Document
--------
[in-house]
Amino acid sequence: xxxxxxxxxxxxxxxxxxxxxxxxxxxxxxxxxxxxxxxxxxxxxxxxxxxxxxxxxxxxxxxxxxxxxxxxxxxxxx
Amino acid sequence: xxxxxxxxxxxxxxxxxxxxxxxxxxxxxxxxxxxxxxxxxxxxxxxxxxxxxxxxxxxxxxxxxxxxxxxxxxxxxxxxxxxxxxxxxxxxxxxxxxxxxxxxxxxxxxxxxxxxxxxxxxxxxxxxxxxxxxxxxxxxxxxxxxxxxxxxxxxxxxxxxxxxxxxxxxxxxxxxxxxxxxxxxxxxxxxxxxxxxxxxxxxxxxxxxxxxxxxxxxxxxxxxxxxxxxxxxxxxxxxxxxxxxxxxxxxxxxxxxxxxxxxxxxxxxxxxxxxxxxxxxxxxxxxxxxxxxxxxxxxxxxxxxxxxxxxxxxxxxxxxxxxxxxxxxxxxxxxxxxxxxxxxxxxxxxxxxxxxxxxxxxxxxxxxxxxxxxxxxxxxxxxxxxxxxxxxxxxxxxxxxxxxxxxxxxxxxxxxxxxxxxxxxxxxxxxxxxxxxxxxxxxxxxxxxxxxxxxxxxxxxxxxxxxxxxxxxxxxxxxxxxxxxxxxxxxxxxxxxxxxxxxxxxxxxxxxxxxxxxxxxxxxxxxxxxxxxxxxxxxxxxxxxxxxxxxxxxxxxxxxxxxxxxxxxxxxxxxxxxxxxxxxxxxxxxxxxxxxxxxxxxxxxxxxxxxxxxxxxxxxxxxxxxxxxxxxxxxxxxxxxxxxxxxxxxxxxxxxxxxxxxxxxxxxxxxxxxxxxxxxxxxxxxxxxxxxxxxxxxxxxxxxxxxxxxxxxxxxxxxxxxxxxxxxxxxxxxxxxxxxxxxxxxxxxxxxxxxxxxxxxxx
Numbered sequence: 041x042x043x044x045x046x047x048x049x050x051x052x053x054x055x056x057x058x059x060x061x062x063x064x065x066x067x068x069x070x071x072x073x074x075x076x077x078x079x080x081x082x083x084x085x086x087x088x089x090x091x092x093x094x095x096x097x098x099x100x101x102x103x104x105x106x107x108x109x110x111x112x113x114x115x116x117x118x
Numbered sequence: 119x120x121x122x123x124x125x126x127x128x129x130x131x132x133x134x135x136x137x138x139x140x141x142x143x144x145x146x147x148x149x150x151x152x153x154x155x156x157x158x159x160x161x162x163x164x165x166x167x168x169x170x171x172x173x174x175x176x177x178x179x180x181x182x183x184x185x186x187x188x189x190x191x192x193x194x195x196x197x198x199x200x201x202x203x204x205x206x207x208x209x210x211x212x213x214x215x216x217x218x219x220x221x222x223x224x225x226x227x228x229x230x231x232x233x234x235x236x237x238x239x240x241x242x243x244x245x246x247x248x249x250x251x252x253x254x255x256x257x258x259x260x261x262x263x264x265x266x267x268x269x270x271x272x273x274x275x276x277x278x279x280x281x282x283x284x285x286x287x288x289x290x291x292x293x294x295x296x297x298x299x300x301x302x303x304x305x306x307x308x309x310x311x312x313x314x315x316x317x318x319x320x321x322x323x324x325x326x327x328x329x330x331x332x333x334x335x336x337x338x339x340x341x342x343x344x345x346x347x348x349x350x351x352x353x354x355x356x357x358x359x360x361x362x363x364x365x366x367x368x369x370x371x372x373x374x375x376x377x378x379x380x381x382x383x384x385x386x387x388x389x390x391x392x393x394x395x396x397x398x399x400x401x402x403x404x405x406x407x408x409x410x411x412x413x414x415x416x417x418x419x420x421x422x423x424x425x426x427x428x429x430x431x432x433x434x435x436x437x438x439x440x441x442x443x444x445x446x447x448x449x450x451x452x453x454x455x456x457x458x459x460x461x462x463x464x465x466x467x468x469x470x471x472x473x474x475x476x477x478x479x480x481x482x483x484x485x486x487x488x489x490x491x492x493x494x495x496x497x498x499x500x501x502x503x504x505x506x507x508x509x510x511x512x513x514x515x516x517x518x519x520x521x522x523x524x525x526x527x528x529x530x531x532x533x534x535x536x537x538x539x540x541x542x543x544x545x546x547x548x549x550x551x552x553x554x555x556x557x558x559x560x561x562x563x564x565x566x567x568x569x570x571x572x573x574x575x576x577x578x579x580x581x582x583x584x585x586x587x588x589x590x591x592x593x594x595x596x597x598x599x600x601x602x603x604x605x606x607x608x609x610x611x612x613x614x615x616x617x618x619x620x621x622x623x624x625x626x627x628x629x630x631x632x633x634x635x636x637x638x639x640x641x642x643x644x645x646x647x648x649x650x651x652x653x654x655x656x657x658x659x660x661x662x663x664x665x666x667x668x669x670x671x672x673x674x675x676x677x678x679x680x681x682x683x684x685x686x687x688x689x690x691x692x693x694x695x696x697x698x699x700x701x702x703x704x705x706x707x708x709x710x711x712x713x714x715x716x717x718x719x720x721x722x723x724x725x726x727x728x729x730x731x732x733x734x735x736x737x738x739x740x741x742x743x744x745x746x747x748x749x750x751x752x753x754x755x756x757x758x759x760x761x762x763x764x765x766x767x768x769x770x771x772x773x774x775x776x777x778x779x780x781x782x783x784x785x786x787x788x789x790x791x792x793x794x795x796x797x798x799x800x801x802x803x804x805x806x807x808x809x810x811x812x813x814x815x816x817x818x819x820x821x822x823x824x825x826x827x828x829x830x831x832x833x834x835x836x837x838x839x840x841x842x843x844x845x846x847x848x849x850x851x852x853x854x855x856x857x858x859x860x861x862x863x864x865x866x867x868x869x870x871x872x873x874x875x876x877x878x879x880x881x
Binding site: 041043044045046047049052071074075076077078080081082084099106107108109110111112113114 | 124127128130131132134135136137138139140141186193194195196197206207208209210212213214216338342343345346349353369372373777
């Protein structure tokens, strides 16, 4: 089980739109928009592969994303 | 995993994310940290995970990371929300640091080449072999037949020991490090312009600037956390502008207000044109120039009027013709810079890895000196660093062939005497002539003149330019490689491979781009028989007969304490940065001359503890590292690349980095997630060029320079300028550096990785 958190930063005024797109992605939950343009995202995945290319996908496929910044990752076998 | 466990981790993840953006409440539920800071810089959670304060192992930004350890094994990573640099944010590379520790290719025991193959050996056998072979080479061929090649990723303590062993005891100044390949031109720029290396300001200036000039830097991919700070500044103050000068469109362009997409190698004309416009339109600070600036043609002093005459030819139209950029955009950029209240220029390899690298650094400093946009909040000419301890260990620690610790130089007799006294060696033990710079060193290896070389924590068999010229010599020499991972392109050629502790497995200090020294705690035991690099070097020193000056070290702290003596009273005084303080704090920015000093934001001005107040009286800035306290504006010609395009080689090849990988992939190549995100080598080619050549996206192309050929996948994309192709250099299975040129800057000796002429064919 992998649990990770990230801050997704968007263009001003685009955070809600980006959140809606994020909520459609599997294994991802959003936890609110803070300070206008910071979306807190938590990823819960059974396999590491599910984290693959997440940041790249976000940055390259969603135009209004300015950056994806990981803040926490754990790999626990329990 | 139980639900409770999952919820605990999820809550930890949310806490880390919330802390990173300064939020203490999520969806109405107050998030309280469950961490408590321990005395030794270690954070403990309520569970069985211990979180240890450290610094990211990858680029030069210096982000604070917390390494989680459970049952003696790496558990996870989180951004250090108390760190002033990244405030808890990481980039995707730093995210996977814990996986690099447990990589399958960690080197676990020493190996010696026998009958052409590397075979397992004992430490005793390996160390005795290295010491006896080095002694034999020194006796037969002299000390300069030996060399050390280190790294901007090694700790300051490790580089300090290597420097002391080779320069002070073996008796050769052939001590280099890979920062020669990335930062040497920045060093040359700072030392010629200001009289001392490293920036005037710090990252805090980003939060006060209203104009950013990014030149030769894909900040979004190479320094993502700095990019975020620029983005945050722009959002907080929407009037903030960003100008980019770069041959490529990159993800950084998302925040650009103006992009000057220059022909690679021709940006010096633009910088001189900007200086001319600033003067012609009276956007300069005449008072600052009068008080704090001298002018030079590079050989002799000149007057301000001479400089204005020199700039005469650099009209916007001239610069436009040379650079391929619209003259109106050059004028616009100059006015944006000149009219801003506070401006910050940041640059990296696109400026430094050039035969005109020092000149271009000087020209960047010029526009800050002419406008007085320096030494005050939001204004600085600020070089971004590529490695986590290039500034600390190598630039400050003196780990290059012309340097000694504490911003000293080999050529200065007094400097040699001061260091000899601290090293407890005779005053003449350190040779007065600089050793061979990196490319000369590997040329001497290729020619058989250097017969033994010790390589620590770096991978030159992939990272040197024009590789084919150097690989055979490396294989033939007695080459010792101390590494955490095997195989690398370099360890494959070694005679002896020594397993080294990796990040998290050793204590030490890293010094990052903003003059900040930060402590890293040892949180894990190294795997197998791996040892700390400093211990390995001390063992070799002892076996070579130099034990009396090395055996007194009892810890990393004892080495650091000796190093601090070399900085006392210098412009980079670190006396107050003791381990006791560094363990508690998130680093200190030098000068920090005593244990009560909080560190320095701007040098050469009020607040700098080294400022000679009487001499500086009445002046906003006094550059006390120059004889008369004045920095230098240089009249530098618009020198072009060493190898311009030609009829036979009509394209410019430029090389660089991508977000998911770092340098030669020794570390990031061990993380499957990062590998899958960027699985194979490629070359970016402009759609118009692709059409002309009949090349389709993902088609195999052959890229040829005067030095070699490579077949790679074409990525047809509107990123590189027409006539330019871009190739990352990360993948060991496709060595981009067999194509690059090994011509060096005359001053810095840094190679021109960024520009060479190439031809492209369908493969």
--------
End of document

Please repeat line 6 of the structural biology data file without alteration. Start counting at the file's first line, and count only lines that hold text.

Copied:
Binding site: 041043044045046047049052071074075076077078080081082084099106107108109110111112113114 | 124127128130131132134135136137138139140141186193194195196197206207208209210212213214216338342343345346349353369372373777